But you don’t provide round-the-clock coverage when it’s another white, cisgender, heterosexual white man who kills a queer person. You don’t fill up that ticker tape whenever the perpetrator is a police officer, who either assaults a queer person or lets them die through their neglect. 

Hillary Clinton wants to get back to “the spirit of 9/12.” Ask the Muslims living in this country what that means to them. It doesn’t invoke setting aside differences and coming together as a nation. Ask those who’ve lost loved ones in the Orlando shooting, who can be legally fired in their state for being openly queer, if building a mountain of innocent bodies will make them whole again.

This is why I can’t give in to the numbness, Todd. In my numbness, I am a tool, I am a membrane through which a dagger can pass through to get at those with less privilege than me. If I allow myself to become insulated and withdrawn from the constant barrage of butchery, then I give you consent to kill in my periphery.

I must resist this. I will undoubtedly fail, I will falter, I will parrot your violence and rationale for injustice without thinking. I will fall astray to the temptations of being a “model,” a “savior,” to speak over and out of turn. I want this to be about me; I want to, in some way, be rewarded for not being able to bring myself to care, just as so many other white assimilationist progressives have before me (and undoubtedly will in the aftermath of this event). That numbness, baked into me over decades, is like a Maillard reaction of white privilege and supremacy.

“That pervading numbness that allows us to feel nothing when people within our own or other marginalized communities are hurt or killed—it is not a liberation from pain and vulnerability. It is just another bar in another person’s cage.”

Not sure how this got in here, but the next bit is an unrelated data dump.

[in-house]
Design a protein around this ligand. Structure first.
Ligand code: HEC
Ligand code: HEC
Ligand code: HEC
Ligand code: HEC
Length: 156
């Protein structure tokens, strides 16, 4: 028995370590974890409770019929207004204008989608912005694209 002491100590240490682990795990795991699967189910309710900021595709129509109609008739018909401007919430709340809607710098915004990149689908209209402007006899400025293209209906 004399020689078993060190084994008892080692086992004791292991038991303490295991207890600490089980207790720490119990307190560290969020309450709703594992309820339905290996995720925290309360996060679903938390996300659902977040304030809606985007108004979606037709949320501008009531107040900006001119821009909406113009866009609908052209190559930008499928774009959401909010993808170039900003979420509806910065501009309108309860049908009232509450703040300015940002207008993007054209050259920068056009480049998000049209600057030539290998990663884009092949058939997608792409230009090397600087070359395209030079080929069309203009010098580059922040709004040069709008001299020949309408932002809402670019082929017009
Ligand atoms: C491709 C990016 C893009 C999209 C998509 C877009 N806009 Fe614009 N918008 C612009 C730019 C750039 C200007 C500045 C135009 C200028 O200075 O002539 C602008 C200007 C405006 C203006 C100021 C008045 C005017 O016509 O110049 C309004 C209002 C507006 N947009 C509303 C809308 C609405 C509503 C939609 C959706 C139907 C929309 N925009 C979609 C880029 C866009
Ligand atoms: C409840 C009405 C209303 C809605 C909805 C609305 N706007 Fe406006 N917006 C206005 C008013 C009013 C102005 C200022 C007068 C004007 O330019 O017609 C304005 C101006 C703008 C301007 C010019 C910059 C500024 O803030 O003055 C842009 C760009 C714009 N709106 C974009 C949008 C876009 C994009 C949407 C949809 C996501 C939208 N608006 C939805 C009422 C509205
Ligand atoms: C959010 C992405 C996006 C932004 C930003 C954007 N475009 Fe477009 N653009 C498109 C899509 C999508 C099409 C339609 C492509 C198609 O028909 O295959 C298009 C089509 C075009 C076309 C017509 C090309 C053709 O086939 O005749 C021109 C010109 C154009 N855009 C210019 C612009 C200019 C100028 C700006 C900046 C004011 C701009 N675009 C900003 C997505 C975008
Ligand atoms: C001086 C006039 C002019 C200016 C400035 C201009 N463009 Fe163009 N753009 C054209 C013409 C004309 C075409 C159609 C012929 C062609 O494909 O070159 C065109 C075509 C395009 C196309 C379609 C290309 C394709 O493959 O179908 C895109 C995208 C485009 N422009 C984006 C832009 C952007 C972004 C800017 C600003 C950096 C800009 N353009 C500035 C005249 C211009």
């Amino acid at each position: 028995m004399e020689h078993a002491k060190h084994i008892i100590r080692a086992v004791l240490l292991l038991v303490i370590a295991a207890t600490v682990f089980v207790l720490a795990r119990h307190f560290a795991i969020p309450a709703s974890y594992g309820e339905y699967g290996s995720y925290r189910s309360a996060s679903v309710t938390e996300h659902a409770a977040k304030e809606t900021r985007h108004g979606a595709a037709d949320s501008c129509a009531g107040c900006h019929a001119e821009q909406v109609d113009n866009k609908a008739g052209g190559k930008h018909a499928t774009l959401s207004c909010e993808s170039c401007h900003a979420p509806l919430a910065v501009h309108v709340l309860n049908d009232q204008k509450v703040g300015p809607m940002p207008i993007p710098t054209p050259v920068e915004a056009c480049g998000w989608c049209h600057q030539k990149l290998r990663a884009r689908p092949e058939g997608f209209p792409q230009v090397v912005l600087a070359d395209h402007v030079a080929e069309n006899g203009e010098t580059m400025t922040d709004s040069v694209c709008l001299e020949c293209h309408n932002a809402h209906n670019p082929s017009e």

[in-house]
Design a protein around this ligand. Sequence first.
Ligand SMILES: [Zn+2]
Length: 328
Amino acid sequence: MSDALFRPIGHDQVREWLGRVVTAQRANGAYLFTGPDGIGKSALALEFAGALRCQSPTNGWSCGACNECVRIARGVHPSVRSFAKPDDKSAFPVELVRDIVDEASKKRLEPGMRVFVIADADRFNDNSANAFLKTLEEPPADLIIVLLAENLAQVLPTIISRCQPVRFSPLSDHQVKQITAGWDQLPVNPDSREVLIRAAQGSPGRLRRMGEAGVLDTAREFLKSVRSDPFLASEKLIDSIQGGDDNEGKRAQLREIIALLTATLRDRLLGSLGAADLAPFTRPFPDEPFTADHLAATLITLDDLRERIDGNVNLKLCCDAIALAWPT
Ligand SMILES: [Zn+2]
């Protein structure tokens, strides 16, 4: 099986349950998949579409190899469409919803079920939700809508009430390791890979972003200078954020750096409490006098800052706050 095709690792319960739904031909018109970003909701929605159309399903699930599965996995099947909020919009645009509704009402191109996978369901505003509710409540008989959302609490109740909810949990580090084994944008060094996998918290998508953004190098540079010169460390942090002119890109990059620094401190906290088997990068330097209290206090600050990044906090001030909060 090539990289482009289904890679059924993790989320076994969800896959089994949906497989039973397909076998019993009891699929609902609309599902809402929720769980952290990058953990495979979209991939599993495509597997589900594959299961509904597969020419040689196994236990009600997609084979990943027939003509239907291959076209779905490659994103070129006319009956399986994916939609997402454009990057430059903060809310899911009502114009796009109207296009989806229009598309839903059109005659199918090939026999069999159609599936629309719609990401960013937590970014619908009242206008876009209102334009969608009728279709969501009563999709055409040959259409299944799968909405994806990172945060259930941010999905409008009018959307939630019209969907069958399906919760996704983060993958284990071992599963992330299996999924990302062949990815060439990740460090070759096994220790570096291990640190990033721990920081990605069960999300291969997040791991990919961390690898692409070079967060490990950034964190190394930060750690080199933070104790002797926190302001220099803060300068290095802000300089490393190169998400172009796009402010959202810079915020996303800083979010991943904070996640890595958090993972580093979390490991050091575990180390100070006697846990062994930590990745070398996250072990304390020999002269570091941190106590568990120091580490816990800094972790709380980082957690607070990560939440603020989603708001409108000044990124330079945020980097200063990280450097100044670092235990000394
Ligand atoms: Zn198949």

This indifference toward the other isn’t just a feeling; it’s deep within me, and I must resist it, every day until I die (which could, statistically, be at the hands of a heterosexual, cisgender man).

I can’t let this be about me. I must self-cannibalize; I must allow myself to feel anger, disgust, outrage, and fear the horrors I see. And then I must move toward them.

We as queer people cannot allow the violence enabled by a patriarchal, queerphobic, racist, imperialist society be used to justify violence against non-white people, at home or abroad. We have struggled too long and too hard against police violence, indifference from politicians, and exploitation from the media to settle for being the disdained martyrs of the next stage of anti-brown extermination.

So, uh, any advice you can give to the community in their time of need?

Muslims are not the enemies of the queer community. People of color, rightfully angry with a distrust of police presence at demonstrations, are not the enemies of the queer community. They too are the targets of the government, police, and media that violate and exploit us—and they get it worse.

That pervading numbness that allows us to feel nothing when people within our own or other marginalized communities are hurt or killed—it is not a liberation from pain and vulnerability. It is just another bar in another person’s cage.

Fight back against this spiritual neuropathy. This is really all I, as a white radical, can say to other white people in my community in terms of instruction on liberation; the actual nuts and bolts of the long game of fighting back must be entrusted to people of color.

But if you want to protest the presence of military recruitment booths at pride celebrations, or write your congressperson to demand direct actions be taken so that the Orlando tragedy isn’t justified to send out more drones and troops and police to violate and kill Muslims—that can’t hurt.

Back to you, Todd. 

Jetta Rae is a queer trans woman out of Oakland, California. She runs the intersectional food blog FRY HAVOC and drunkenly livestreams pinball as radical praxis. You can find her on Twitter at @jetta_rae.

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*First Published: Jun 14, 2016, 1:16 pm CDT